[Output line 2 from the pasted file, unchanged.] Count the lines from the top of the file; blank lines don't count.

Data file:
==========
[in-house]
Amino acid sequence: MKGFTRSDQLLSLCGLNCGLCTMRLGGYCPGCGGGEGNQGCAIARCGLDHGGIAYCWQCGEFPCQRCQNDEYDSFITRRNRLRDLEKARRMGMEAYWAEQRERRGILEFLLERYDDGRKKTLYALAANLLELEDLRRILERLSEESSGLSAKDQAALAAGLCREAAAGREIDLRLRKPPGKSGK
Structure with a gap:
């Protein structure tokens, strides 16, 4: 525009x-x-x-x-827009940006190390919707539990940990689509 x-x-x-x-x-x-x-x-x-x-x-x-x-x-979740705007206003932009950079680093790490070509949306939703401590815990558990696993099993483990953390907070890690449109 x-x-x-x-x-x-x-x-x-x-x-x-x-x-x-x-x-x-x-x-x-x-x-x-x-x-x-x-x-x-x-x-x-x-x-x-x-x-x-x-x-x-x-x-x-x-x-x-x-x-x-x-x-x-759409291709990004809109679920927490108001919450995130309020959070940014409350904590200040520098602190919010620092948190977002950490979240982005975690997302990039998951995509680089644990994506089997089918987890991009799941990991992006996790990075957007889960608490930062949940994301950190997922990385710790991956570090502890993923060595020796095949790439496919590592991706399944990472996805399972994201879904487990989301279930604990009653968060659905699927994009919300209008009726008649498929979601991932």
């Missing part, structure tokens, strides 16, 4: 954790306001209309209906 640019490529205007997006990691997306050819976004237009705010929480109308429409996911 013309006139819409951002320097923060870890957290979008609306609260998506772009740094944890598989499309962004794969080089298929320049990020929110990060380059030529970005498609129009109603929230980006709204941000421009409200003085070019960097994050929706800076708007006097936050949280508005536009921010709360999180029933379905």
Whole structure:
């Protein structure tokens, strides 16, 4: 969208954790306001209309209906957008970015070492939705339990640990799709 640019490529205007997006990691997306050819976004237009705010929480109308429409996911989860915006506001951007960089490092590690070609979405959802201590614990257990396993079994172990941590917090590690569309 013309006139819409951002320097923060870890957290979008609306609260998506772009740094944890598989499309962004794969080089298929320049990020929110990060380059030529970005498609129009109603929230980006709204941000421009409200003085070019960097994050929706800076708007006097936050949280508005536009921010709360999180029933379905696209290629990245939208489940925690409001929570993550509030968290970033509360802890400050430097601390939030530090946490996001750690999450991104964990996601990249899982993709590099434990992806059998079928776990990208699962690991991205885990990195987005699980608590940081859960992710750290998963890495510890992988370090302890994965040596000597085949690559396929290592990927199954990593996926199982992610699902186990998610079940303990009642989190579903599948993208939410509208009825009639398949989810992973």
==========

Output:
Amino acid sequence: MKGFTRSDQLLSLCGLNCGLCTMRLGGYCPGCGGGEGNQGCAIARCGLDHGGIAYCWQCGEFPCQRCQNDEYDSFITRRNRLRDLEKARRMGMEAYWAEQRERRGILEFLLERYDDGRKKTLYALAANLLELEDLRRILERLSEESSGLSAKDQAALAAGLCREAAAGREIDLRLRKPPGKSGK